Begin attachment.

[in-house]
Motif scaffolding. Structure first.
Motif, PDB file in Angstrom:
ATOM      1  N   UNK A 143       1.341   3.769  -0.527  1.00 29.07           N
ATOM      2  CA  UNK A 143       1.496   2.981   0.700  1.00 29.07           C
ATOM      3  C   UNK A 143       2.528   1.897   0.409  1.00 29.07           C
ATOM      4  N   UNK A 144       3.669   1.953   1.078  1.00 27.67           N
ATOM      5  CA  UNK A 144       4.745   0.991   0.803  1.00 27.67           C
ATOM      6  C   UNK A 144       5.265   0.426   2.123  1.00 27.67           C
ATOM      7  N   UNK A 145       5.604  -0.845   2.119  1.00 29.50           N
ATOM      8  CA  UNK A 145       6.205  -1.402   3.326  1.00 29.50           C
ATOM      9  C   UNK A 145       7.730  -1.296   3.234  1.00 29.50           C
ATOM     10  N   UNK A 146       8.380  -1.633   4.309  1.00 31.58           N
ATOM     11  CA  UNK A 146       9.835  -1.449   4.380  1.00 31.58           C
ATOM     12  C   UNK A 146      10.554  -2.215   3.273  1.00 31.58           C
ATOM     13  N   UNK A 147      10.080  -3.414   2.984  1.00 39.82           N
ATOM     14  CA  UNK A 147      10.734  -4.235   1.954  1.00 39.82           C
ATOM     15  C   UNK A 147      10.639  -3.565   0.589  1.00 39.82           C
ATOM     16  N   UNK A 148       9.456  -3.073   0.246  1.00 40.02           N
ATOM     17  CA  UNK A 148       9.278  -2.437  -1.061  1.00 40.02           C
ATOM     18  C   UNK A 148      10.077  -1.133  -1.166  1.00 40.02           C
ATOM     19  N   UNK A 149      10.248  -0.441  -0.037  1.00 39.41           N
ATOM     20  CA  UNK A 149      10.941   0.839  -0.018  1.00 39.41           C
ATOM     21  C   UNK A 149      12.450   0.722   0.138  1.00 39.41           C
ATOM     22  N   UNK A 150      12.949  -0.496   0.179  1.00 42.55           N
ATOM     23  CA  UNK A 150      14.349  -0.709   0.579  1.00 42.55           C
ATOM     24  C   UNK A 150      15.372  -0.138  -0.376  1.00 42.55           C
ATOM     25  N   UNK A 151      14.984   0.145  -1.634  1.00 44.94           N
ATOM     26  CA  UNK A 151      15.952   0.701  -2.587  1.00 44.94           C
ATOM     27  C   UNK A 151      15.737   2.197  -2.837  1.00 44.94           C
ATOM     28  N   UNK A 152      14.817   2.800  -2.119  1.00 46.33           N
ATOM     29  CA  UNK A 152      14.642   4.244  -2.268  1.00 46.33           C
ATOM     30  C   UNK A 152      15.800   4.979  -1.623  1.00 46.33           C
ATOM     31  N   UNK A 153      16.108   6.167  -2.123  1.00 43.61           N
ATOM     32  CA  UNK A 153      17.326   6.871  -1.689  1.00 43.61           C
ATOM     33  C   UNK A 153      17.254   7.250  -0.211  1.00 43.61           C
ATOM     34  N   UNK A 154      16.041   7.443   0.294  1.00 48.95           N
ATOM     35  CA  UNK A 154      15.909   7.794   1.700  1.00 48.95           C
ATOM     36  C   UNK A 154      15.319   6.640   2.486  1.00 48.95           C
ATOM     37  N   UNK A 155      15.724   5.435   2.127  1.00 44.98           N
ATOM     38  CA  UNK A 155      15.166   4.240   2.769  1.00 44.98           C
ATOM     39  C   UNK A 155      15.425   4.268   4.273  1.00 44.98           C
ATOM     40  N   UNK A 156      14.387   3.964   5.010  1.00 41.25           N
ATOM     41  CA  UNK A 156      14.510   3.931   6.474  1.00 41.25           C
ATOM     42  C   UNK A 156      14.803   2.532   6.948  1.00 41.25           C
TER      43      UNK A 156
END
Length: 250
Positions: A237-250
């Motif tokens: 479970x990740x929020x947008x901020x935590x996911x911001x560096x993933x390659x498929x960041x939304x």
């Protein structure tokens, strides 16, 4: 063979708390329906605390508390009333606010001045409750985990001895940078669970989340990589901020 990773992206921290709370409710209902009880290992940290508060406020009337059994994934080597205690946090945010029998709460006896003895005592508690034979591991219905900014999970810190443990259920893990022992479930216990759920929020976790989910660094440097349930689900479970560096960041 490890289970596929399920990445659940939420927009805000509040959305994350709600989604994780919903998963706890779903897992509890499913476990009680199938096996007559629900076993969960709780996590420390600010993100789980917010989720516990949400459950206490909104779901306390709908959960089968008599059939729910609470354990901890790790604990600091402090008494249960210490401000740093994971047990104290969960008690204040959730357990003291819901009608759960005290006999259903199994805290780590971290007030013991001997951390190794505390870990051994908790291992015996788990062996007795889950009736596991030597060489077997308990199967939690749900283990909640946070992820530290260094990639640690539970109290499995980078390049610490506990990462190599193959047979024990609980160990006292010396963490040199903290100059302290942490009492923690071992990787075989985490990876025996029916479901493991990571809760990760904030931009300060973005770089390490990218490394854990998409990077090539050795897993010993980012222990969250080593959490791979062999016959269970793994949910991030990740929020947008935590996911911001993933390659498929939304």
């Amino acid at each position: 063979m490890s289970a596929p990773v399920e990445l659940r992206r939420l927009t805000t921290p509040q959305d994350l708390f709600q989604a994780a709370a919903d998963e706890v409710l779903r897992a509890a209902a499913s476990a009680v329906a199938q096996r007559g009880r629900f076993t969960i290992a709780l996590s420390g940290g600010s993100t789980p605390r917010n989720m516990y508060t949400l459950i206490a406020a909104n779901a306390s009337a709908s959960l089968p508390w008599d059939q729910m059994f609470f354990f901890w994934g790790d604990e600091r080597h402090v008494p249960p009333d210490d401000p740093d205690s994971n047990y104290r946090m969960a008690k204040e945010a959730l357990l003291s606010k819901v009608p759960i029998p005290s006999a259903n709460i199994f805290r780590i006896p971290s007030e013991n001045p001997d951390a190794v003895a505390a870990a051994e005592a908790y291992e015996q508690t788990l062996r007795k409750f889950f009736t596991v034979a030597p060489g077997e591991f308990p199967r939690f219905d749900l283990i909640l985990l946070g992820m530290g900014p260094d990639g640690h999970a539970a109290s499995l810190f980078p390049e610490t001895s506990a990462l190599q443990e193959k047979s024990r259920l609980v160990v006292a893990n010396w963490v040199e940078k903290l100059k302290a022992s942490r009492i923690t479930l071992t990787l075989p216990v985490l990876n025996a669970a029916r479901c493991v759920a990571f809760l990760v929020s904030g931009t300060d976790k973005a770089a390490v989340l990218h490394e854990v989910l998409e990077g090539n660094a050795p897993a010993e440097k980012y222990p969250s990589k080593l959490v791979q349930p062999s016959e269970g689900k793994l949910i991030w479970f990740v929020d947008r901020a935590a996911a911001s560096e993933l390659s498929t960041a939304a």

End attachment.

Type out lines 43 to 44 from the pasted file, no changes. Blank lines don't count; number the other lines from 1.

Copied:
ATOM     40  N   UNK A 156      14.387   3.964   5.010  1.00 41.25           N
ATOM     41  CA  UNK A 156      14.510   3.931   6.474  1.00 41.25           C